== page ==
Between city night concerts, parties, fireworks, hikes, and Mangalim, Yom Ha’azmaut is celebrated in many ways. People all over the country have curated their own unique traditions for Israel’s national independence day, and we all celebrate together, on the land that we call home.
I never made the choice to make Aliyah, and who knows where I would be today if my parents hadn’t dragged me halfway across the world when I was 5. Nonetheless, a choice that my parents made in 2006 has shaped me into who I am today. The choice may not have been mine to make, but the possibility today for Jews all around the world to come to Israel has only been possible since 1948. Before the establishment of the state, “making Aliyah” was a foreign term, and Yom Ha’atzmaut is the annual reminder of that.
When I ask my American friends when the United States declared independence, the year 1776 sounds so far away, and not a single person who witnessed it is alive today. The same simply cannot be said about Israel. This country is built from the blood, sweat, and tears of our grandparents and great-grandparents, no more distant than that.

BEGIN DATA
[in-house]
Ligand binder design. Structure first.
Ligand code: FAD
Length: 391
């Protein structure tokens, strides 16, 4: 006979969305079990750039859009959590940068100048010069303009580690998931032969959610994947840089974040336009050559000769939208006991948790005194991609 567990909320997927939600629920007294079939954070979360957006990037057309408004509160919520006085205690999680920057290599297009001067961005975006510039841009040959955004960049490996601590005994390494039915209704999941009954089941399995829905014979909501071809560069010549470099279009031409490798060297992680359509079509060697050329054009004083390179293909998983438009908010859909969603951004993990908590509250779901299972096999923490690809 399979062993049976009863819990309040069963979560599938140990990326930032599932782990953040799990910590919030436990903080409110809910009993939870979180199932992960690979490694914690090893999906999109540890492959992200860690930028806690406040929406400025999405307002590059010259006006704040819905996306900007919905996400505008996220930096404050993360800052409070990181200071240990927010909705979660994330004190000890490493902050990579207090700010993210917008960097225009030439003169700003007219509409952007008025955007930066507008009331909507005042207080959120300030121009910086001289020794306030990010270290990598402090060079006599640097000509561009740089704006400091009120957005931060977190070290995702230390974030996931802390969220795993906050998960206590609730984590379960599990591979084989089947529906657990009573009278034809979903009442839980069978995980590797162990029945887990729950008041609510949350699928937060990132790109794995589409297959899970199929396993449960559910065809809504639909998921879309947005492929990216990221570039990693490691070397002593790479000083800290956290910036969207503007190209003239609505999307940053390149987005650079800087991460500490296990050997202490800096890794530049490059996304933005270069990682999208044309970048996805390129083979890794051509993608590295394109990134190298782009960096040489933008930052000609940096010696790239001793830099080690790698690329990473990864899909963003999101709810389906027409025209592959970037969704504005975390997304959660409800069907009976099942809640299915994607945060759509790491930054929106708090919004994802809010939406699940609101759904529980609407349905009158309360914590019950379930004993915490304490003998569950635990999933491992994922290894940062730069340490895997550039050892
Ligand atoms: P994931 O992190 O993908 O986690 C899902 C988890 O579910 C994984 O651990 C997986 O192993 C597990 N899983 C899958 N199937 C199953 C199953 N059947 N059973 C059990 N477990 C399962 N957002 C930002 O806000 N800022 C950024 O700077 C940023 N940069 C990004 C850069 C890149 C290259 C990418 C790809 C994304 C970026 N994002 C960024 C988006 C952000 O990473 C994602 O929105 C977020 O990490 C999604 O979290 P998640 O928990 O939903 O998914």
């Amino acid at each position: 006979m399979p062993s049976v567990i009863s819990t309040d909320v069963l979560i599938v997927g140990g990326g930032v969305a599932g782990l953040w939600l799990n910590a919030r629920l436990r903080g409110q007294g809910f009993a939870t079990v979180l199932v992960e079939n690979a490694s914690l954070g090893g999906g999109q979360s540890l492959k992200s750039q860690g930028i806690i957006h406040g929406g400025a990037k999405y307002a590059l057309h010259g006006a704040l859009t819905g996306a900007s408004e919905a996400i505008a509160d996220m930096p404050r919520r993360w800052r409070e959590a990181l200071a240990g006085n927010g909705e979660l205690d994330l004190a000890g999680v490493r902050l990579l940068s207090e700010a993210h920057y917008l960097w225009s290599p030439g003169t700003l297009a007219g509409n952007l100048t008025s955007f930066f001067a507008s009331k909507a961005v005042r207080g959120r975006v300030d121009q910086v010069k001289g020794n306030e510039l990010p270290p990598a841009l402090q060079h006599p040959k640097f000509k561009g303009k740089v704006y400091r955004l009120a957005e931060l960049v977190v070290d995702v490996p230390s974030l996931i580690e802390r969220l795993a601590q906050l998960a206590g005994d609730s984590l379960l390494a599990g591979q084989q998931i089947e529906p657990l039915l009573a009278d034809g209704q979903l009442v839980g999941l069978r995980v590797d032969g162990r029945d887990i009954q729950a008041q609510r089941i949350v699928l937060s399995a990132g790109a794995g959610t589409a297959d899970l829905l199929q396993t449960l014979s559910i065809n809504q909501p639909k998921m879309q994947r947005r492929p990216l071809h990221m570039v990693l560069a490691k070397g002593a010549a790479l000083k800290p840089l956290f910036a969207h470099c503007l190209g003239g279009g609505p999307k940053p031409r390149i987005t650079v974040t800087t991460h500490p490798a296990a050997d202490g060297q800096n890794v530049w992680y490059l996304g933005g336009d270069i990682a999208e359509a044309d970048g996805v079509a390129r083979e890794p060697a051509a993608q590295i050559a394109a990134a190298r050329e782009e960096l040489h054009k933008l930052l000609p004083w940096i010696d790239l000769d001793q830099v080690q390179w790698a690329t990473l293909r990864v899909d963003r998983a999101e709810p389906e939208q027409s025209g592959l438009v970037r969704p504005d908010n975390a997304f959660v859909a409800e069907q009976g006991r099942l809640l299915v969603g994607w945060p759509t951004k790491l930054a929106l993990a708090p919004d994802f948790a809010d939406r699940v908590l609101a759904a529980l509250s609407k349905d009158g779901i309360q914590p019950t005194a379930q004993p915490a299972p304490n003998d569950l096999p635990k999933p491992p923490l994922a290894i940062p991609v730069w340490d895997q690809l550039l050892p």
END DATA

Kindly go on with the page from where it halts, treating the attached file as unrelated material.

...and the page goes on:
The month of May (or the Hebrew month Iyar) is a month dedicated to our roots and a reminder of who we are. It begins with holocaust remembrance day, as we honor the 6 million who have lost their lives to the Nazis, tell the stories of those who have survived, and moved on to build the country that we have today, with the last bit of energy they had left. A week later, we remember the soldiers and terror attack victims, that have lost their lives and still are, protecting our country, and making a statement to the world with just their existence. The very next day, we collect the mourning and we celebrate. We celebrate what we have, and how unfathomably lucky we are to have it. We honor the fallen and we live for them, by celebrating the cause that they died protecting.
So what is so important about Yom Ha’atzmaut? It reminds us who we are, it reminds us that with each breath we take, we are breathing the air of the holy land, something so precious, that thousands have lost their lives so that we can have it. From their sacrifice blooms the command for us to live.
השם יקום דמם.